QuickWrites or Notebook Time — QuickWrites and Notebook Time both help students gain fluency and playfulness in their writing. This low-stakes (really, no stakes) time for experimentation usually happens at the beginning of a class period and lasts no more than 10 minutes. A quick Google search for QuickWrites will give you lots to choose from. Additionally, check out 100 QuickWrites (Linda Rief) and My Quick Writes (Graves & Kittle). We have also posted about how we use Notebook Time — an expanded version of Quick Writes. You can find that here. You can add the routine of a QuickWrite or Notebook Time to the beginning of your class period, giving students a regular chance to build writing muscles.
Mini-Lessons – Mini-lessons are the heart of teaching (rather than assigning) writing. At a mere 5-15 minutes in length, this is an easy element to slip into your current routine. Give a brief burst of direct instruction in the aspects of good writing that you want to see in your students’ writing. (This is also a great opportunity to walk through the craft of a mentor text!) For loads of ideas for possible mini-lessons, check out Nancie Atwell’s Lessons that Change Writers.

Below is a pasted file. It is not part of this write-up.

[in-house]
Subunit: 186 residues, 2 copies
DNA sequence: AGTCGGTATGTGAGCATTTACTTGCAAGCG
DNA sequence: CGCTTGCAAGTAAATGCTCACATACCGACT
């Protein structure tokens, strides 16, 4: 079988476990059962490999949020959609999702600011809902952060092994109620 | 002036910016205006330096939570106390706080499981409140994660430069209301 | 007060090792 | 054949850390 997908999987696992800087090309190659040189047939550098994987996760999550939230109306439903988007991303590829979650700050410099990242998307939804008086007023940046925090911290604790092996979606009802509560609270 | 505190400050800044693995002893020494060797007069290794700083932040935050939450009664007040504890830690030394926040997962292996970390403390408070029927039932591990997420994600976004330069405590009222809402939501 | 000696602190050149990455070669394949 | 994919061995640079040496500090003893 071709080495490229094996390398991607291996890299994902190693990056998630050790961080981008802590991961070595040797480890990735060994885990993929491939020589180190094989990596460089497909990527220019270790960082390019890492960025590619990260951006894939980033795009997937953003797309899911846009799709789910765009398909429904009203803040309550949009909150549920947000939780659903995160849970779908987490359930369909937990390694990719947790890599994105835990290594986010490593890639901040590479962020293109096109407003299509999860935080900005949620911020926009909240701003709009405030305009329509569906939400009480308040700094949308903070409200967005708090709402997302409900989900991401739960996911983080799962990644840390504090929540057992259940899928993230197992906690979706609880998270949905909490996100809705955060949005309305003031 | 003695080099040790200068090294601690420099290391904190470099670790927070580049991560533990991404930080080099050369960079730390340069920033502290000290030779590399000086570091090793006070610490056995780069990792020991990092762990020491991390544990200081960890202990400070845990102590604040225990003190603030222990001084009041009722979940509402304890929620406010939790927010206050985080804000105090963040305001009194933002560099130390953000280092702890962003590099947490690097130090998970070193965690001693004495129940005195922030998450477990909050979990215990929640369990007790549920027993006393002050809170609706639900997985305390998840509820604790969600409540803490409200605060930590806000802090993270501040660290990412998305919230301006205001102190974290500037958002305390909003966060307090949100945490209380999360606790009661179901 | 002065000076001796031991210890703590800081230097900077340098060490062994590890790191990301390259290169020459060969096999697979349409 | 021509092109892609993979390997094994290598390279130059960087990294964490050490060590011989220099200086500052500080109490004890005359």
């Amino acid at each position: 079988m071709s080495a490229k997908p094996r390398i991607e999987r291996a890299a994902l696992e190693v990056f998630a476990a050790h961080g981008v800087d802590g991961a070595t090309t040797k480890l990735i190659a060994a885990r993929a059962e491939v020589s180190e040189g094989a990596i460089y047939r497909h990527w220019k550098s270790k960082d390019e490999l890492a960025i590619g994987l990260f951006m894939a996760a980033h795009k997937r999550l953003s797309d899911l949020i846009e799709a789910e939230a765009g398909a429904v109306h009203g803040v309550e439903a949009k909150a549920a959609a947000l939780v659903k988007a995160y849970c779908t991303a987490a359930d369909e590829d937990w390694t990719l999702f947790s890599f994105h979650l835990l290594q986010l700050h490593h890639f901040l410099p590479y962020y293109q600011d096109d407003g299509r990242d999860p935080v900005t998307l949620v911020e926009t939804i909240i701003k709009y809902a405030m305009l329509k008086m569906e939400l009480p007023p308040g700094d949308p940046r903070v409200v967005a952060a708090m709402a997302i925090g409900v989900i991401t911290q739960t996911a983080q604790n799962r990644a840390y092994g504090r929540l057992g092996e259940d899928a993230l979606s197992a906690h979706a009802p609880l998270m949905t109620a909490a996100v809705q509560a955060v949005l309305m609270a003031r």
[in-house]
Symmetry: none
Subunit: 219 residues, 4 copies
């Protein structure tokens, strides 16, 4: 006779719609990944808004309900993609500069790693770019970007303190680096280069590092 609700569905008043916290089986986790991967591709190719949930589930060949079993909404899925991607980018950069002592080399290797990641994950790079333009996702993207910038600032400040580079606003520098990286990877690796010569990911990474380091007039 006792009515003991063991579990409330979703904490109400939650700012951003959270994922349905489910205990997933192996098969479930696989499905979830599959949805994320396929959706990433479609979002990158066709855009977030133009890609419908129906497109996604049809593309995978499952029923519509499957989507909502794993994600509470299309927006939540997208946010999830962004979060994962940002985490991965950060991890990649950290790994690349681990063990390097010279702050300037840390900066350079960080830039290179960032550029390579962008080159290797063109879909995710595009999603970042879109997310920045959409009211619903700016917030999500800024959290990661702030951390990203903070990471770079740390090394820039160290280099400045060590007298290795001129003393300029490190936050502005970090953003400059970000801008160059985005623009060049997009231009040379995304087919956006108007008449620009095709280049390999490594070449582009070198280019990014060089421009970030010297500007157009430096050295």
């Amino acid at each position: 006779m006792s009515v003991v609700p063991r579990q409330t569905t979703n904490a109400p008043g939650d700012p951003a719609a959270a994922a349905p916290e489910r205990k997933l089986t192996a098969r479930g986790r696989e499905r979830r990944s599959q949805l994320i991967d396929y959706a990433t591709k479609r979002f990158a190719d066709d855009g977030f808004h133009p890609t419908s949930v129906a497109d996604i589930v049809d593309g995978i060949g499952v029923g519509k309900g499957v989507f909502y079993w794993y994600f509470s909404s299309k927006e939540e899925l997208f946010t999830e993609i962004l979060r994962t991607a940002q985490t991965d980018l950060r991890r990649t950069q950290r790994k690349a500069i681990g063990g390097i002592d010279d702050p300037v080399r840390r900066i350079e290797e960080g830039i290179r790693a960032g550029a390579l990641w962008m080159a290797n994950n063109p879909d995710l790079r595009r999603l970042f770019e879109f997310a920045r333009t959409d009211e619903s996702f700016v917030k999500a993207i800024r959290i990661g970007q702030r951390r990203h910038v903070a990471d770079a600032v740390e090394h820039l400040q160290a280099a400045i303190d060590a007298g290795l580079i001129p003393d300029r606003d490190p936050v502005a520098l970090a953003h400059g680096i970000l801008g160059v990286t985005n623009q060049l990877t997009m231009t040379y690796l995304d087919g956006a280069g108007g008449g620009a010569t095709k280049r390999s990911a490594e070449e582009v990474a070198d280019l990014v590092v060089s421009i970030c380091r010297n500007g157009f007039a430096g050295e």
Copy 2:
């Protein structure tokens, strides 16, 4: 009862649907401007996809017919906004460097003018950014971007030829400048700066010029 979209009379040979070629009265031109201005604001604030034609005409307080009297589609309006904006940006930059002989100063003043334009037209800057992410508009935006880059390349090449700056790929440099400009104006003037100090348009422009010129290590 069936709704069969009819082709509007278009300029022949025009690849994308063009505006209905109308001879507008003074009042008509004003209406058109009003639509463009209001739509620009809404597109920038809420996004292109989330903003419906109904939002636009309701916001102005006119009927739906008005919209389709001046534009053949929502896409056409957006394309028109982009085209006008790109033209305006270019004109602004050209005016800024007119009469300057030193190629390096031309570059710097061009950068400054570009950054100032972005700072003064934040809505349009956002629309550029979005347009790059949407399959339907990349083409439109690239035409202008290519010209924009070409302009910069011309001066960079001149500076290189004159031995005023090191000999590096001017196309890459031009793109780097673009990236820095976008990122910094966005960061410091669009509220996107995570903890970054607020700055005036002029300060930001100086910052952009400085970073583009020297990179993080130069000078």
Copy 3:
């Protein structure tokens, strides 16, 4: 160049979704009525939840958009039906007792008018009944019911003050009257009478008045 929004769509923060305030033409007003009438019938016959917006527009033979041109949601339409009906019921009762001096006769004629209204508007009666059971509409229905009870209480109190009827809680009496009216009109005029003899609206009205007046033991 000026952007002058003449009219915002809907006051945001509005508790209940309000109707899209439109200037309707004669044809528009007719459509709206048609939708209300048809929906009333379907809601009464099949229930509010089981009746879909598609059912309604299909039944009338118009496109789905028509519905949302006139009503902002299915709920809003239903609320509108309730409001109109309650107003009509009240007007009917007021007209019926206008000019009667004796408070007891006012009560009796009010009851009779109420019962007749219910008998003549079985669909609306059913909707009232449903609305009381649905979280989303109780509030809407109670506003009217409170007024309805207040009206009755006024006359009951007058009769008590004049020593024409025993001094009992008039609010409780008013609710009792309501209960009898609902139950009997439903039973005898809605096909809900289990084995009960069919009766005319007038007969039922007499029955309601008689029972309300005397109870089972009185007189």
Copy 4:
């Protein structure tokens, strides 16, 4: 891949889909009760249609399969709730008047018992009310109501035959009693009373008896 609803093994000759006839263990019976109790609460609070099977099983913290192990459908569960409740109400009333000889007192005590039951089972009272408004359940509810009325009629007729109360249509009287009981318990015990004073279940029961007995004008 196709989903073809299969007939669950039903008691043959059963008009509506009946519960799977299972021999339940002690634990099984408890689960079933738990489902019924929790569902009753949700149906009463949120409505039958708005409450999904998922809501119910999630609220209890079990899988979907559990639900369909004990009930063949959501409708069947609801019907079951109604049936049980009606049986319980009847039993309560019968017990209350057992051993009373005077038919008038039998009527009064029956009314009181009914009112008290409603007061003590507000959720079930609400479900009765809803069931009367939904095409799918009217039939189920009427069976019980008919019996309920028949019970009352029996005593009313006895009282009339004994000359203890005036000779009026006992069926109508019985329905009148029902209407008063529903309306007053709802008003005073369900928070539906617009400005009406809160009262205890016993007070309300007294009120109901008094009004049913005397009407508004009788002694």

Time for Writing – In many secondary classrooms, one of the biggest paradigm shifts when bringing in a workshop model is giving time in class for writing. This is important for so many reasons — it allows for students to try new things in their writing as soon as they learn them in a mini-lesson, it gives teachers a chance to confer with students and lend support on the spot, it builds a community of writers, it gives routine and habit to the practice of writing, it shows our writers that we value writing. (I could keep going.) It’s important, and so we give our time to it.
It is also the piece of workshop life that is most tempting to give up. After all, it’s easy for us to say, “Okay, now go home and write for homework.” But this isn’t the same and doesn’t yield the same quality of student work. Even without a full workshop model in place, you can give your students time during class to write and ask questions and share what they are working on. (More on actually finding the time to do this below.)